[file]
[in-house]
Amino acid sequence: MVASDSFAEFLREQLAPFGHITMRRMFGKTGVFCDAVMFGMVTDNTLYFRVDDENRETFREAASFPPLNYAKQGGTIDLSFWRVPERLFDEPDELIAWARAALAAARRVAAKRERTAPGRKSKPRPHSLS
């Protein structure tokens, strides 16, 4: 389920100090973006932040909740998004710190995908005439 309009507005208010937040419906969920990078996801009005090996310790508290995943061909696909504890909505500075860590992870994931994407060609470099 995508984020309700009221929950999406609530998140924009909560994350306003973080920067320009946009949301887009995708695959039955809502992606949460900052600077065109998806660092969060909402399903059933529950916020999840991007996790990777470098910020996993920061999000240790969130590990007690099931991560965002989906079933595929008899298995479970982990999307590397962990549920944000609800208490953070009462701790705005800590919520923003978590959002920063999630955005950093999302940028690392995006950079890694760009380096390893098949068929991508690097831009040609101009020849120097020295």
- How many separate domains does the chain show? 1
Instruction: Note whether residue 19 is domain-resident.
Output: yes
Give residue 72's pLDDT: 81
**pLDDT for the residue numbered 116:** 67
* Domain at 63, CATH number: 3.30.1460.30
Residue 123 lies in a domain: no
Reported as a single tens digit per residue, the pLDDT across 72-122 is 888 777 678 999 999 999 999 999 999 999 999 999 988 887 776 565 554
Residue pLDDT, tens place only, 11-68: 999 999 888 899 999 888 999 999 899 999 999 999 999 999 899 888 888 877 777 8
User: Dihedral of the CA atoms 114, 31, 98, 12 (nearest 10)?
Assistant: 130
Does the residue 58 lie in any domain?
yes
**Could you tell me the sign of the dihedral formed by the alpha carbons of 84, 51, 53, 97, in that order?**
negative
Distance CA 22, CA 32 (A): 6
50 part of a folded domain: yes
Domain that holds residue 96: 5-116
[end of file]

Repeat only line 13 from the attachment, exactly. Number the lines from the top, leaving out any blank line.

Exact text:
User: Dihedral of the CA atoms 114, 31, 98, 12 (nearest 10)?